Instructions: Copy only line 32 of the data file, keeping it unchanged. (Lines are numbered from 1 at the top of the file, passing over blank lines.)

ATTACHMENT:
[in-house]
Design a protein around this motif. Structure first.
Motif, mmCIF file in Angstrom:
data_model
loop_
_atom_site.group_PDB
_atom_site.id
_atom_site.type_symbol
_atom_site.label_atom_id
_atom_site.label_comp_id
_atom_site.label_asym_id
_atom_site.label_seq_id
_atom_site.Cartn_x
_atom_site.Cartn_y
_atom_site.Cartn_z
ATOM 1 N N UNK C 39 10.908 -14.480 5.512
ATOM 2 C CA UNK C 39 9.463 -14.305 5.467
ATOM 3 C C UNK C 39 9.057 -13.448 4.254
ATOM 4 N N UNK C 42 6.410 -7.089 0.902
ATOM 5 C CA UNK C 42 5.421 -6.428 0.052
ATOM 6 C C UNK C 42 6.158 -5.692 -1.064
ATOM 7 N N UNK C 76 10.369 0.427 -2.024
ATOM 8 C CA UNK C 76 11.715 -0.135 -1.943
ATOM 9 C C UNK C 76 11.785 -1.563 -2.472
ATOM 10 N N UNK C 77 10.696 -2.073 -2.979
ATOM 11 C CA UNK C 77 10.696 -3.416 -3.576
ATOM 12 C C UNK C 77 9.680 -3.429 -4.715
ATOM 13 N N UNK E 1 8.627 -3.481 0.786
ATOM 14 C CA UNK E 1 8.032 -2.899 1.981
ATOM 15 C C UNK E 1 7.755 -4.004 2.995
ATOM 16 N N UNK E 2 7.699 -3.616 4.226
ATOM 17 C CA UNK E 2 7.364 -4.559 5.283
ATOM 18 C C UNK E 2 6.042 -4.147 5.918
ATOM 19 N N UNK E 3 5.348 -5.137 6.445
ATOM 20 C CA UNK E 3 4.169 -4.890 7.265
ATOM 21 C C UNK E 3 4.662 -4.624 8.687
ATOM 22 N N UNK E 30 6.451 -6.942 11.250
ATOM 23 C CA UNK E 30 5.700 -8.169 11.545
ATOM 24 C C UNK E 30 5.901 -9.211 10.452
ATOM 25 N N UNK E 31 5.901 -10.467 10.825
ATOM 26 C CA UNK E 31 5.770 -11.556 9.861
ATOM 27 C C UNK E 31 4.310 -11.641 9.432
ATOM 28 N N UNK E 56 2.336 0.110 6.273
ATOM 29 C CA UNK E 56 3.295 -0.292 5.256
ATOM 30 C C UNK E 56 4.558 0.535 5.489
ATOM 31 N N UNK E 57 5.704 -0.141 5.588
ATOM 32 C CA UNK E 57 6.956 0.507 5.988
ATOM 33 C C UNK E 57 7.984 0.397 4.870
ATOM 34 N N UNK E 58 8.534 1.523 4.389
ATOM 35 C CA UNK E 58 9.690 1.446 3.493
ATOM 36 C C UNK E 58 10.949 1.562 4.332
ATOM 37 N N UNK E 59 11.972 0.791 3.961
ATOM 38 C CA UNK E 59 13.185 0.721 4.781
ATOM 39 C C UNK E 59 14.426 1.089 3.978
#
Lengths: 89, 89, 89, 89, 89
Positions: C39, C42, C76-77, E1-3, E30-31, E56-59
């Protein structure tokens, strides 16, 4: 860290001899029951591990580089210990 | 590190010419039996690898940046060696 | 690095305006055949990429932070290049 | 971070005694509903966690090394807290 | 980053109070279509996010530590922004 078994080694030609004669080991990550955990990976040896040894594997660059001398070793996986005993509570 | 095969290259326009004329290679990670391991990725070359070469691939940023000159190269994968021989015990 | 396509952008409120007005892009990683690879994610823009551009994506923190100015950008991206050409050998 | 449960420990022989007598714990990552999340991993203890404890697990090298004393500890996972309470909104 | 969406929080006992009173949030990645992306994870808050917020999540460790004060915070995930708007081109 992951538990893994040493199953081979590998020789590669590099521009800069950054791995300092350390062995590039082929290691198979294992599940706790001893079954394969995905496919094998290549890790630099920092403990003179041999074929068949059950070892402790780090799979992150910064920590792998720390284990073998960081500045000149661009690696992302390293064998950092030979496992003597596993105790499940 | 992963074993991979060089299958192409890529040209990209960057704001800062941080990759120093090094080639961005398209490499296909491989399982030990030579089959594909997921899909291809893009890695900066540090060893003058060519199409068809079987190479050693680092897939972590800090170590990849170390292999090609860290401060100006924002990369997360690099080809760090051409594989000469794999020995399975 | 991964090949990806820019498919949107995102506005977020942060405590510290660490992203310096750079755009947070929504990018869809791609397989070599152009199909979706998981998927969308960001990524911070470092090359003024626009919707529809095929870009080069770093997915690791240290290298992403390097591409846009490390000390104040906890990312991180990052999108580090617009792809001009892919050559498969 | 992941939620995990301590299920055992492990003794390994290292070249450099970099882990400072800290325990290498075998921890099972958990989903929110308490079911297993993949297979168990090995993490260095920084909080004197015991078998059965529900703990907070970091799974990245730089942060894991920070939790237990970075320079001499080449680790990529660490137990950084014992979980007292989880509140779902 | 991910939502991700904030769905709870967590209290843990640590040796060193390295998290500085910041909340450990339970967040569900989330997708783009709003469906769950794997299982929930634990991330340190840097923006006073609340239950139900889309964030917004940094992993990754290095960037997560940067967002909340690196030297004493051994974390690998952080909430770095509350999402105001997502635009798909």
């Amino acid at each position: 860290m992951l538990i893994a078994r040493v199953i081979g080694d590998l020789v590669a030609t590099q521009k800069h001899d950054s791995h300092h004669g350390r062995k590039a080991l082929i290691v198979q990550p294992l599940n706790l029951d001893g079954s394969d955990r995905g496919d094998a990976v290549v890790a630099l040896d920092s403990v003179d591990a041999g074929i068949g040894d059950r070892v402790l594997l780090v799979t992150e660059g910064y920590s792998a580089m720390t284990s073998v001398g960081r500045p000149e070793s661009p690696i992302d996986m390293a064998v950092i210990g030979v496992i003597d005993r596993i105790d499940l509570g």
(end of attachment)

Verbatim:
ATOM 17 C CA UNK E 2 7.364 -4.559 5.283